The University of Miami Miller School of Medicine’s Department of Dermatology and Cutaneous Surgery recently held its second annual Celia & Samuel Resnik Research Day, featuring 28 oral and 32 poster presentations that highlighted the discoveries and accomplishments of the trainees, residents and faculty in its robust skin biology research and training programs.
“Skin biology research is very inspiring. Its multidisciplinary nature cuts across all designated pillars of our institutional research strategic plan, and serves as its unique platform,” said Marjana Tomic-Canic, Ph.D., the department’s vice chair of research, who served as a host and organizer of the research day. “The diversity of the topics was impressive, ranging from microbiome, inflammation and metabolome, to skin cancer, stem cell biology, neuroscience, tissue repair and regeneration and epidemiology.”
Of particular significance was the wide range of trainees who presented. Graduate students from Ph.D., M.D., and M.S. programs, undergraduate students, and post-doctoral fellows all gave presentations, and one session was dedicated exclusively to research done by Miller School residents.
Eleven research fellows graduated this year and received their certificates at the ceremony held at the end of the day. In August, the department will graduate the first class of the nation’s first master of science degree in skin biology and dermatological sciences program. This reflects the major effort of the department’s Research Division, which has 15 bench research faculty and 10 laboratories.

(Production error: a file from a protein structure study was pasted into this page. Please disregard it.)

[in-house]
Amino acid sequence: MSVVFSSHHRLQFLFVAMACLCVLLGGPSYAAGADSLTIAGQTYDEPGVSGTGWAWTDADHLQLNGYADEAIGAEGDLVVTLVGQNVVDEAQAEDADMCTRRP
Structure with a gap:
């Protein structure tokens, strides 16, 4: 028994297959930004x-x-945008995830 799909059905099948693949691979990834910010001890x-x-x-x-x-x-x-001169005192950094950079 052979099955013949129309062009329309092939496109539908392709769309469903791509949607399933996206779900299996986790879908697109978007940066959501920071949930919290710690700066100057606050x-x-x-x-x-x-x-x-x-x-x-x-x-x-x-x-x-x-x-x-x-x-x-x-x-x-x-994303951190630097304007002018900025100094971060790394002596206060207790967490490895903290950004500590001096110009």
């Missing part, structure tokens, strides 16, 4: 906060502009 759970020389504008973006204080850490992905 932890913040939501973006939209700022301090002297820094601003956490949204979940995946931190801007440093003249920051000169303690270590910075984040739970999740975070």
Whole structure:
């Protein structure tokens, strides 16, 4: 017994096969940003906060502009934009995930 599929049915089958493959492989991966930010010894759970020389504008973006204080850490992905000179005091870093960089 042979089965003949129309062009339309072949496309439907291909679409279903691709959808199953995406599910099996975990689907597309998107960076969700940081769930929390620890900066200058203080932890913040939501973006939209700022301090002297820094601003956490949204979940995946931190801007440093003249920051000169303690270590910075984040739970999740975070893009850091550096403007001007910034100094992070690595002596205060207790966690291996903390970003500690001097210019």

“In addition to an extraordinary dermatology residency clinical training program, in recent years we have strengthened research training in a major way by developing unique programs, such as Ph.D.-to-residency, a residency research track, and the master’s program in skin biology and dermatologic sciences,” said Tomic-Canic. “This only reinforces our efforts to continue with growth. Only a few days after this research day we submitted an important application to the NIH that seeks funds to establish the infrastructure for the new Skin Biology and Disease Resources-based Core Center that will open many new possibilities and attract colleagues from other disciplines to skin biology research.”
Research in the department is divided among multidisciplinary basic, translational and clinical research groups. The research efforts integrate basic science, preclinical studies, drug development, clinical and epidemiologic research.
This structure provides an environment in which basic science discoveries can be tested in a multitude of pre-clinical animal models, developed into potential therapy and tested in clinical trials. The research areas represented in the research base include aging, inflammation, microbiology, genomics, pharmacology, biochemistry, cell and stem cell biology, biochemistry and bacteriology, as well as clinical areas of research in cutaneous disorders that may be associated with biology/pathology of the eye, gastrointestinal tract, diabetes, cancer and paralysis, to name a few.
“Although our research expertise includes general skin disorders, our major areas of interest are biology, pathology and treatment of wound healing, skin cancer, itch, inflammation and skin infection, as well as a wide spectrum of hair disorders,” said Tomic-Canic. “Our goal is to utilize cutting-edge technologies to advance the science of skin biology and bring new discoveries from the bench to patients at the bedside.”